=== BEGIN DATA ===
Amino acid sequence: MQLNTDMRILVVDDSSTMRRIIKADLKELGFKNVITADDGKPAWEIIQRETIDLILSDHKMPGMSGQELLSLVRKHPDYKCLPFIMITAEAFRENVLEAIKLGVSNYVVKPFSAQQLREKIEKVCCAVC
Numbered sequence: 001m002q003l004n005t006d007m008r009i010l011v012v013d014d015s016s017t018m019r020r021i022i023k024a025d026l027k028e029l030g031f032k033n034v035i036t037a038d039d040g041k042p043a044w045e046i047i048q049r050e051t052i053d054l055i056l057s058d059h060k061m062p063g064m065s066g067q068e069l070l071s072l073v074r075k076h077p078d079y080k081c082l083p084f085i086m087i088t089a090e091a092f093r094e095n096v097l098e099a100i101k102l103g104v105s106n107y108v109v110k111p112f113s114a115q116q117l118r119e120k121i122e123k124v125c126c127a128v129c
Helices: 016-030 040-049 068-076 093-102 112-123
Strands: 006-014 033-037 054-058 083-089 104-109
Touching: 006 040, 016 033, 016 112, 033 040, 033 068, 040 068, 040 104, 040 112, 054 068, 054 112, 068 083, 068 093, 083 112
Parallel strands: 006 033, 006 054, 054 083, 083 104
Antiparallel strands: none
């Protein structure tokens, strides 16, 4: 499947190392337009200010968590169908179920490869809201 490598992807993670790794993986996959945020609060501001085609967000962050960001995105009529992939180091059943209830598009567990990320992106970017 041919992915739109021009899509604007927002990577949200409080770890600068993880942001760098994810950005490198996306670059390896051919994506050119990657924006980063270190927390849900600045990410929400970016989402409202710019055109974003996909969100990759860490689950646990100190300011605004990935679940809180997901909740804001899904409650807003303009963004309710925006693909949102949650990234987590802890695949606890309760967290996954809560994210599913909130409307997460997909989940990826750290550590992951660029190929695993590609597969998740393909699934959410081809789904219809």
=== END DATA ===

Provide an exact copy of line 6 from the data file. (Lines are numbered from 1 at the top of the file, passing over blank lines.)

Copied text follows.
Parallel strands: 006 033, 006 054, 054 083, 083 104